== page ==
Michael has over 20 years of experience representing individual and small business plaintiffs against the world’s large financial institutions, including Visa, Mastercard, and Chase.
On December 1, 2021, WeWorkannounced in an SEC filing it would restate financial results for several recent quarters due to “material weakness” in its internal controls. WeWork had just recently gone public in October 2021 via a SPAC merger with BowX Acquisition Corp.
On the news that WeWork’s existing financial reports “should no longer be relied upon,” WeWork shares tumbled over 5% in extended trading, causing damage to investors.
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WeWork's SEC filing discloses "material weakness," must restate financial results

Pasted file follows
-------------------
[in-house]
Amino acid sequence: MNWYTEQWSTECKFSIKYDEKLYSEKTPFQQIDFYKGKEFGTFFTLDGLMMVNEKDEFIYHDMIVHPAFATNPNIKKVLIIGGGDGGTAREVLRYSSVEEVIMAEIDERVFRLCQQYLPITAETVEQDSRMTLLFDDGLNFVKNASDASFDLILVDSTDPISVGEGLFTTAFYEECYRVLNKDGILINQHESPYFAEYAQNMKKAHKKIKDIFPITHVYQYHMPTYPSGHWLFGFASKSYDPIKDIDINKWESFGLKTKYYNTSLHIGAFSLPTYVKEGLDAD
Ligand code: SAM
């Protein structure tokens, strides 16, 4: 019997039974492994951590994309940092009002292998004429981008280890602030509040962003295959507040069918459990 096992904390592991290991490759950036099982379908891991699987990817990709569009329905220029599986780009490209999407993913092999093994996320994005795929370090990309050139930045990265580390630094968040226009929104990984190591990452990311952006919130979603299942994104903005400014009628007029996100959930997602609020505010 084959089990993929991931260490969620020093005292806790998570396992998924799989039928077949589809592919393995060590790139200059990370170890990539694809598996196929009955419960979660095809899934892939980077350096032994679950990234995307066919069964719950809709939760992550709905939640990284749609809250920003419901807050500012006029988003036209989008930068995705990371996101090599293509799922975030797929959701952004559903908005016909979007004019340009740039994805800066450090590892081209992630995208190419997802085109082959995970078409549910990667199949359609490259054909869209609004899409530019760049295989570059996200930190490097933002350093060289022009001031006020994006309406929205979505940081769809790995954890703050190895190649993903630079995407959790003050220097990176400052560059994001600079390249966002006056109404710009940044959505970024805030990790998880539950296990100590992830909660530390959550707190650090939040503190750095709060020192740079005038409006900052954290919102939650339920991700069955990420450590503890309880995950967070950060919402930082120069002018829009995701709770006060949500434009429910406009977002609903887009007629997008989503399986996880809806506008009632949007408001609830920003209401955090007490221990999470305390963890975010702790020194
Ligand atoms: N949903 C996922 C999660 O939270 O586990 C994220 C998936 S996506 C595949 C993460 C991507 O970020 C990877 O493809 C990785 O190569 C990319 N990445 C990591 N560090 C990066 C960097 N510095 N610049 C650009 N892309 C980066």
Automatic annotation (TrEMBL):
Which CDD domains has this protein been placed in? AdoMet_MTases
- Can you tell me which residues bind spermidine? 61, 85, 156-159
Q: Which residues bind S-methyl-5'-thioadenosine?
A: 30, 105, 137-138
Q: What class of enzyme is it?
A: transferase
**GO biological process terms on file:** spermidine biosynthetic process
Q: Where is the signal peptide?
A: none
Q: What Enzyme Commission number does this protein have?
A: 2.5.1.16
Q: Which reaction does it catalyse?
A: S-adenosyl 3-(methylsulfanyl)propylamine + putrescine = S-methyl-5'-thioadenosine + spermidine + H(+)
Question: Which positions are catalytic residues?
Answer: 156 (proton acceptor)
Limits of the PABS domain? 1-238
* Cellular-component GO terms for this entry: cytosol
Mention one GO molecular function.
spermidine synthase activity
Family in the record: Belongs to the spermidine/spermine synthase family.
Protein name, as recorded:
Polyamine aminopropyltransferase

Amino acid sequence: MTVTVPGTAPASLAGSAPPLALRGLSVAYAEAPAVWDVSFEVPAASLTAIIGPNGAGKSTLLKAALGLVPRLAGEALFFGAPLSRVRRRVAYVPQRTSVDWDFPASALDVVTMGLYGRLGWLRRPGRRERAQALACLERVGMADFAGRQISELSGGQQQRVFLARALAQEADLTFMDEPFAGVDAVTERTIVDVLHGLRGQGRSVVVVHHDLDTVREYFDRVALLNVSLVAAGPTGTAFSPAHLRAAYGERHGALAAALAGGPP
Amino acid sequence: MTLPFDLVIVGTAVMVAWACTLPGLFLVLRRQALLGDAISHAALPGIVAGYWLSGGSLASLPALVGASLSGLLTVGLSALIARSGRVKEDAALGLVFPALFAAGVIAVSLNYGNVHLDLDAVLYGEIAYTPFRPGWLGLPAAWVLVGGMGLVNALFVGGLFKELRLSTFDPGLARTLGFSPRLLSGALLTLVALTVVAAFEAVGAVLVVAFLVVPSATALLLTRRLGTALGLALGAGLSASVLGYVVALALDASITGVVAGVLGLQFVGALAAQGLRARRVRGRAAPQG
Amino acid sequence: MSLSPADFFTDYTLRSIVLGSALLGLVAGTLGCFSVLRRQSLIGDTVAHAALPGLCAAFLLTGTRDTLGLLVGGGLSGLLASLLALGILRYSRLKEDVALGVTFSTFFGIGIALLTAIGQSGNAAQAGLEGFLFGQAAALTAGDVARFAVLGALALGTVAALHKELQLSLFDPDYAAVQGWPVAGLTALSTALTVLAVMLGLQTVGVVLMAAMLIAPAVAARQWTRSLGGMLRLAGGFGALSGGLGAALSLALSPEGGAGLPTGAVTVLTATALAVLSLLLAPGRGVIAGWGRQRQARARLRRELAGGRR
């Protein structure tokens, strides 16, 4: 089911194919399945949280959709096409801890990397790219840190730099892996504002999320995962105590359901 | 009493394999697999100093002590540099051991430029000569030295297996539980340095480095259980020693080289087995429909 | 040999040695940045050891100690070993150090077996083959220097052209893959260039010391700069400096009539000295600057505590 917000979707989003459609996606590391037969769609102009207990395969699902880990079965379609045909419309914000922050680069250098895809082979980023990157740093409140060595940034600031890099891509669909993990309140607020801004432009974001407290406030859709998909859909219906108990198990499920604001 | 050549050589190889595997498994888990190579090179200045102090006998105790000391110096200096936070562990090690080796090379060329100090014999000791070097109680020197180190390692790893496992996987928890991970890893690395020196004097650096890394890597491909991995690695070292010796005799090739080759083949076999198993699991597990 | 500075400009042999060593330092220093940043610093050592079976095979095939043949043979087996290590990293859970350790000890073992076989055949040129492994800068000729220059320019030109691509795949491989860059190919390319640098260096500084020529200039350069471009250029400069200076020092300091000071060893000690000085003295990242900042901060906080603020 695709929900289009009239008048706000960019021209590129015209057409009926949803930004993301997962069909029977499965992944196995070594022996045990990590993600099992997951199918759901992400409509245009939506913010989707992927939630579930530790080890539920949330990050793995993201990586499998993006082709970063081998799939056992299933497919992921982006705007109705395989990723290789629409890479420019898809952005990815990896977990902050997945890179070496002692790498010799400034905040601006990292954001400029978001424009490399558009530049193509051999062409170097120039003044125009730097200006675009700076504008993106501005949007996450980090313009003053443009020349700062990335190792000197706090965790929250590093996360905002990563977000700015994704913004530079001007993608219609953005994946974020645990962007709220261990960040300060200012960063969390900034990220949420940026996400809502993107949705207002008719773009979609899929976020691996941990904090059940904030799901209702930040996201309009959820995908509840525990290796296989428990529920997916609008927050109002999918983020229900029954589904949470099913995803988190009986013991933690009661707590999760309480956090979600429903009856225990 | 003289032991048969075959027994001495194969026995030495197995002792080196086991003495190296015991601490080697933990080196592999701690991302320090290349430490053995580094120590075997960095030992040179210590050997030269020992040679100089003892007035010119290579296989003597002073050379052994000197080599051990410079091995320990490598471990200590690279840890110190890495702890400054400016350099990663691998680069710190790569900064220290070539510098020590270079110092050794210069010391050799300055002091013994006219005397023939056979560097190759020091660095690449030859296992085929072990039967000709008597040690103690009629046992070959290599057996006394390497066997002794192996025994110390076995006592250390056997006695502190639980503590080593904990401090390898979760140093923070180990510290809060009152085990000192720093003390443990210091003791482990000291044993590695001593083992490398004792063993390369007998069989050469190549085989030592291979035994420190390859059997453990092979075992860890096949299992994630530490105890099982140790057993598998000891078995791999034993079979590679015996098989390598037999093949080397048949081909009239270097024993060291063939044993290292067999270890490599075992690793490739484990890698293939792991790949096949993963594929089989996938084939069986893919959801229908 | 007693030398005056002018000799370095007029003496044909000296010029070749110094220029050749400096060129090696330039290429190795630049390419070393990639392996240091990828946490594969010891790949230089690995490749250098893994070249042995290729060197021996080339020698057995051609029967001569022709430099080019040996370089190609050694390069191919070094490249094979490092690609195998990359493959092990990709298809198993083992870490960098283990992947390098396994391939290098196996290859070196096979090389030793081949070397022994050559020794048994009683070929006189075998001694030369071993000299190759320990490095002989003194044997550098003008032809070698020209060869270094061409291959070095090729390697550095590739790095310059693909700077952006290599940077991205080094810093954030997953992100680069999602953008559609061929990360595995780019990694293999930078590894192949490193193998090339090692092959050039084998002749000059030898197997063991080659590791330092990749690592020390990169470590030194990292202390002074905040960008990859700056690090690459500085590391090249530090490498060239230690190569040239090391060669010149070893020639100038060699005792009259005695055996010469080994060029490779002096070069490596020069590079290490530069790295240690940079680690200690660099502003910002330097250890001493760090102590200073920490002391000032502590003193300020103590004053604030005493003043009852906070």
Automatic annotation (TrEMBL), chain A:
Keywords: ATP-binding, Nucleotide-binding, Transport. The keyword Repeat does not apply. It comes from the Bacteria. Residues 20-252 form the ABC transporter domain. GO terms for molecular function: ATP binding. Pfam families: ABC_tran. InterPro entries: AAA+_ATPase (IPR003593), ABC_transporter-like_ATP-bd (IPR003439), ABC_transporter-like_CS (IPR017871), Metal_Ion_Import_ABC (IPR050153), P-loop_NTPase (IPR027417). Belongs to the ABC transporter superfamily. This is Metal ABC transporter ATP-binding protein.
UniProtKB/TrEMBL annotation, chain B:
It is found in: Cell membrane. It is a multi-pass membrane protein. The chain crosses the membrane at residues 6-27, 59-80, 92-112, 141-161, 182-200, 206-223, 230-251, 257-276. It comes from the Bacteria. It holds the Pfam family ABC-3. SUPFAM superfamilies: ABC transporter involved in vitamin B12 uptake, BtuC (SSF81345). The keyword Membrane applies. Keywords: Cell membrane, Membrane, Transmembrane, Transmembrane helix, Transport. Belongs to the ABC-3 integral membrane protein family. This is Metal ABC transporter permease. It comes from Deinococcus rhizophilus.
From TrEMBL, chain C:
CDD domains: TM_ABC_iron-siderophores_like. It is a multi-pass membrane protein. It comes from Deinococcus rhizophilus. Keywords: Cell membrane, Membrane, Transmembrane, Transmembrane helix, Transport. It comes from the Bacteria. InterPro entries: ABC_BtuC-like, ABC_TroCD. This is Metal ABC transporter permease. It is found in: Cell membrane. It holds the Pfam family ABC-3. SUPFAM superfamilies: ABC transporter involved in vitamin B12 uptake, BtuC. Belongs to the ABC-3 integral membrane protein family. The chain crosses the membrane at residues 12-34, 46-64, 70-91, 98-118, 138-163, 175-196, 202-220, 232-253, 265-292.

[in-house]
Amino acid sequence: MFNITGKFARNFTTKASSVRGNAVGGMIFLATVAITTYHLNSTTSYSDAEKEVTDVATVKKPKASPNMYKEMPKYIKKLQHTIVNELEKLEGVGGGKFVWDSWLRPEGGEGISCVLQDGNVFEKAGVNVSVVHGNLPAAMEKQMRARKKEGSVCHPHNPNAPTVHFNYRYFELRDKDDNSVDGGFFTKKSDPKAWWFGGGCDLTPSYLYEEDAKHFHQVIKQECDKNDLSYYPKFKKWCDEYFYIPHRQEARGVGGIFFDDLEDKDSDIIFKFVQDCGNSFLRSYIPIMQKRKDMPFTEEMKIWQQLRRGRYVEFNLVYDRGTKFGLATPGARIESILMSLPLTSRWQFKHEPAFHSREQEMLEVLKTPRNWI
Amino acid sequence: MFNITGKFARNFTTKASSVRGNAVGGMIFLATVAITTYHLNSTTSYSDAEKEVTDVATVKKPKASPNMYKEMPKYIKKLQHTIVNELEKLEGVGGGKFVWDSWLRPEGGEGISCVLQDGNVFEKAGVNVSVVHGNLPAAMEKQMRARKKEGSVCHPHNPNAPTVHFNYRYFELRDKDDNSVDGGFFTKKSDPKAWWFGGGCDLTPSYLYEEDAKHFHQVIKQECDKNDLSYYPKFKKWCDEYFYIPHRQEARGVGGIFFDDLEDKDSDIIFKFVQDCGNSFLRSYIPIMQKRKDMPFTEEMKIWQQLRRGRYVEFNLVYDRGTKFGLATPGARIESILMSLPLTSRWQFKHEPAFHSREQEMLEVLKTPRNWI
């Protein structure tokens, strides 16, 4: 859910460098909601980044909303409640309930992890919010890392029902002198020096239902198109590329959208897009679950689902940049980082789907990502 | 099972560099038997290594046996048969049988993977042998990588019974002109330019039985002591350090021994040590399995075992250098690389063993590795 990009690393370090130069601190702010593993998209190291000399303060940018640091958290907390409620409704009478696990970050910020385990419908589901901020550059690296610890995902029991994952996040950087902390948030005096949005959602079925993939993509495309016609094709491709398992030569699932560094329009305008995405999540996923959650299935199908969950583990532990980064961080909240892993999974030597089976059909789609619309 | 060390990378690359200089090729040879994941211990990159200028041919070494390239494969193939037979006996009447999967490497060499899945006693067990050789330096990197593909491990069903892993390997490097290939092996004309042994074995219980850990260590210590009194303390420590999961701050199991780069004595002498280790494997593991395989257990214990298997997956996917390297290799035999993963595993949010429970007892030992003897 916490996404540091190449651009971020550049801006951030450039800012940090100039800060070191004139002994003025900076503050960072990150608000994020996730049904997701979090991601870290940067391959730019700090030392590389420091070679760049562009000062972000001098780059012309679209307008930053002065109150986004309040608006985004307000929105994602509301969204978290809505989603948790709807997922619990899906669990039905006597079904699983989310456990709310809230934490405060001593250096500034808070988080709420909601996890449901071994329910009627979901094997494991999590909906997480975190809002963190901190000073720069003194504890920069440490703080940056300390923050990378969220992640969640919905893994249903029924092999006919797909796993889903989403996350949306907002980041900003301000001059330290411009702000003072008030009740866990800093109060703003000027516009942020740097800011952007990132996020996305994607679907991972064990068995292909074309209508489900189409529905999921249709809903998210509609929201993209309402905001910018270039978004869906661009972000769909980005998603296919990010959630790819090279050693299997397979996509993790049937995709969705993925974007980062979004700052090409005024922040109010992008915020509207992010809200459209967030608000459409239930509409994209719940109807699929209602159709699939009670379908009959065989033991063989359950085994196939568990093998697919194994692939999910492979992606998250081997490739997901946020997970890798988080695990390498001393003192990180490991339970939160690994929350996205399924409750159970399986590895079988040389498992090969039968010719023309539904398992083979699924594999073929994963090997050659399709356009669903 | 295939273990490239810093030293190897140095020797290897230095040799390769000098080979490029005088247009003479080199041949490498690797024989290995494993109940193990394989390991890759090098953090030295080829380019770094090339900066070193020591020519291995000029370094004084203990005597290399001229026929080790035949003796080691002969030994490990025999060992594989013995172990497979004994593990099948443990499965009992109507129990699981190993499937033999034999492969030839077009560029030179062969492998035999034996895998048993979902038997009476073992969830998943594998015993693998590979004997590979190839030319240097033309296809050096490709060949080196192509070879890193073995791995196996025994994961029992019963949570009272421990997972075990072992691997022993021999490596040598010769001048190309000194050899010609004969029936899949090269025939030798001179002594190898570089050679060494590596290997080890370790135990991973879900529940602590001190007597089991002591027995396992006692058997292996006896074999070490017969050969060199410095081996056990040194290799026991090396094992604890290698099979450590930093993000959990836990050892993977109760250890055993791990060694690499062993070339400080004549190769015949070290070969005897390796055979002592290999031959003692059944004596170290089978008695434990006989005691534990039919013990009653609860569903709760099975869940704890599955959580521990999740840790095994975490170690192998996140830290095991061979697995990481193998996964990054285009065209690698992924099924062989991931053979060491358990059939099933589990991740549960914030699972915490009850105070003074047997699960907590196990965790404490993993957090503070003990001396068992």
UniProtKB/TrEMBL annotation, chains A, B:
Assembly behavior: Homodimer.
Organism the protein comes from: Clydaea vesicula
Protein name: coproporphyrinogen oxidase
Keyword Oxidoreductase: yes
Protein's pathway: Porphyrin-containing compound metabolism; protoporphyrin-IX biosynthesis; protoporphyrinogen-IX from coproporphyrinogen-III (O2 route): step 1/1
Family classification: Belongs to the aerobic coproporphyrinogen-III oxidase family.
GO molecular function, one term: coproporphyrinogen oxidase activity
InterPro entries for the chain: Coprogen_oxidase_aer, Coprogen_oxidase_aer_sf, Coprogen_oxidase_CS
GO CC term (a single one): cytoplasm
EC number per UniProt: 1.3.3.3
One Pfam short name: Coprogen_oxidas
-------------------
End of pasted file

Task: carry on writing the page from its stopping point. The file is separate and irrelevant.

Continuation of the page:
According to CNBC, the shell company that brought WeWork public, BowX Acquisition Corp., had allegedly incorrectly classified some of the stock it issued in its own IPO as “permanent equity” rather than “temporary equity.”
As a result, WeWork said its own financial reports which had relied on this error must now be restated, according to its SEC filing on December 1, 2021. The reports span from 2020 to the first three quarters of 2021.
WeWork completed its merger with BowX and went public on October 21, 2021, where it was reportedly valued at $9 billion, according to CNBC. Previously, WeWork was forced to abandon an attempt at an IPO in 2019 due to investor scrutiny over the company’s recent big losses and possible misconduct by then-CEO Adam Neumann. At that time, it had been valued at a much higher $47 billion.
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Eileen works closely with investors in securities cases and has over a decade of experience in the legal world. She received her law degree from American University in 2005.
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